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Rabbits or eastern cottontail (Sylvilagus floridanus), can do considerable damage to flowers, vegetables, trees and shrubs any time of the year in places ranging from suburban yards to rural fields and tree plantations.



Wild O. cuniculus weigh between 1.5 and 2.5 kg, and are from 38 to 50 cm long. Domestic individuals may be larger. The coat is generally grayish, with black and brown (and sometimes red) sprinkled throughout. The underside of the body is paler gray, and the underside of the tail is white. Melanistic specimens are not unusual.This species (and rabbit species generally) have smaller ears and shorter, less powerful legs than their hares.

Behavior : soil conditions and forage supply permit, they prefer to live in groups in large, complex burrow systems (warrens). A typical colony consists of six to ten adults of both sexes. Colonies have distinct dominance hierarchies, which are particularly important for males, as dominance position determines which male will have preferential access to mates. A male’s position in the social hierarchy means that potentially costly conflicts between males over females are rare.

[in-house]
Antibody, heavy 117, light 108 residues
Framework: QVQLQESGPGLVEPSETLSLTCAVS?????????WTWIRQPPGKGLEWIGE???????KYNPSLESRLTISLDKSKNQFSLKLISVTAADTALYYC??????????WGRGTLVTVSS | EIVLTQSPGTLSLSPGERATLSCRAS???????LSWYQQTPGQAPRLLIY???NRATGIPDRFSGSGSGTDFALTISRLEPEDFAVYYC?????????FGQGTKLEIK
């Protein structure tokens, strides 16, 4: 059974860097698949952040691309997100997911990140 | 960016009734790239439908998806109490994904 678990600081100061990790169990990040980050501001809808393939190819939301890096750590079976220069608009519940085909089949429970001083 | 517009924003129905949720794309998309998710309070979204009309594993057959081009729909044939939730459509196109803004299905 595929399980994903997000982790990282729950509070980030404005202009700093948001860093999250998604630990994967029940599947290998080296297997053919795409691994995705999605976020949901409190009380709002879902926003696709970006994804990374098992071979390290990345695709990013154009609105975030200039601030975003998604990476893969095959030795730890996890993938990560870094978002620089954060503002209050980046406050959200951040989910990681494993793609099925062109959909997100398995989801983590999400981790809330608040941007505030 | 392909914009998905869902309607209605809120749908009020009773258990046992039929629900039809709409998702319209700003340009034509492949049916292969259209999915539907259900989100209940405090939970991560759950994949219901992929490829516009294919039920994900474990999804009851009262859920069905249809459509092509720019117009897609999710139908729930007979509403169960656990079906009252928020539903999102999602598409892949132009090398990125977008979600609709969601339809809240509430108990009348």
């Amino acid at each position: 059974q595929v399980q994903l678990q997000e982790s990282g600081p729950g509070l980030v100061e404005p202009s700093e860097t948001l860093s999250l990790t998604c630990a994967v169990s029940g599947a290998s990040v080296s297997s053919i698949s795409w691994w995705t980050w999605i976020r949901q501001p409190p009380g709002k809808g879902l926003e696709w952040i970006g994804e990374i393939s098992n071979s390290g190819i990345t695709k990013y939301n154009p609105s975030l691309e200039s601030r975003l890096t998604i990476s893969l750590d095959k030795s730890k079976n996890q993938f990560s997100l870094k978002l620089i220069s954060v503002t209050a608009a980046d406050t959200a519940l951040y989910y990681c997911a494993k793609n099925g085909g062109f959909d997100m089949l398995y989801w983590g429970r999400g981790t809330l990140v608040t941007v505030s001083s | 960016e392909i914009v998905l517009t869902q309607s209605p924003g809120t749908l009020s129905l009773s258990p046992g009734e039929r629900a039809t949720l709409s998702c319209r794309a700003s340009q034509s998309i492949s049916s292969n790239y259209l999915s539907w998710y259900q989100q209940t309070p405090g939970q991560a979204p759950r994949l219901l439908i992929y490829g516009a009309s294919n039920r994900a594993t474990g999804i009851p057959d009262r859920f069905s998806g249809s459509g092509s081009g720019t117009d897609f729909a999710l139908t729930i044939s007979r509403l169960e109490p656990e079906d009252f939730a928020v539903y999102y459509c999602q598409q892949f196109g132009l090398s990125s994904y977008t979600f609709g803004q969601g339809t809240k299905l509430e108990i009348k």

Habit:Cottontails tend to concentrate in favorable habitats such as brushy fencerows, brush or junk piles, upland thickets, field edges or landscaped backyards where food and cover are suitable. In urban areas, rabbits are numerous and mobile enough to fill any “empty” habitat created when other rabbits are removed. Natural cavities or burrows excavated by woodchucks or other animals are frequently used. Underground dens are used primarily in extreme cold or wet weather and to escape pursuit.

In spring and fall, rabbits use grass or weed shelter called a “form” to create a nest-like cavity on the surface of the ground for protection. Population levels are directly linked to the quantity and quality of the habitat present. Rabbits spend their entire lives in an area of 10 acres or less.

Life Cycle: Rabbits have incisors that grow continuously; they rely on normal occlusion and use to wear them down. They use their premolars and molars to chew food with a sideways motion. They need to be watched for malocclusion (mandibular prognathism); when this occurs, the teeth need to be trimmed every 2-3 weeks, otherwise they are unable to obtain and chew their food and can die of starvation. This genetic problem is usually solved by getting rabbits from vendors who have selected out this recessive trait.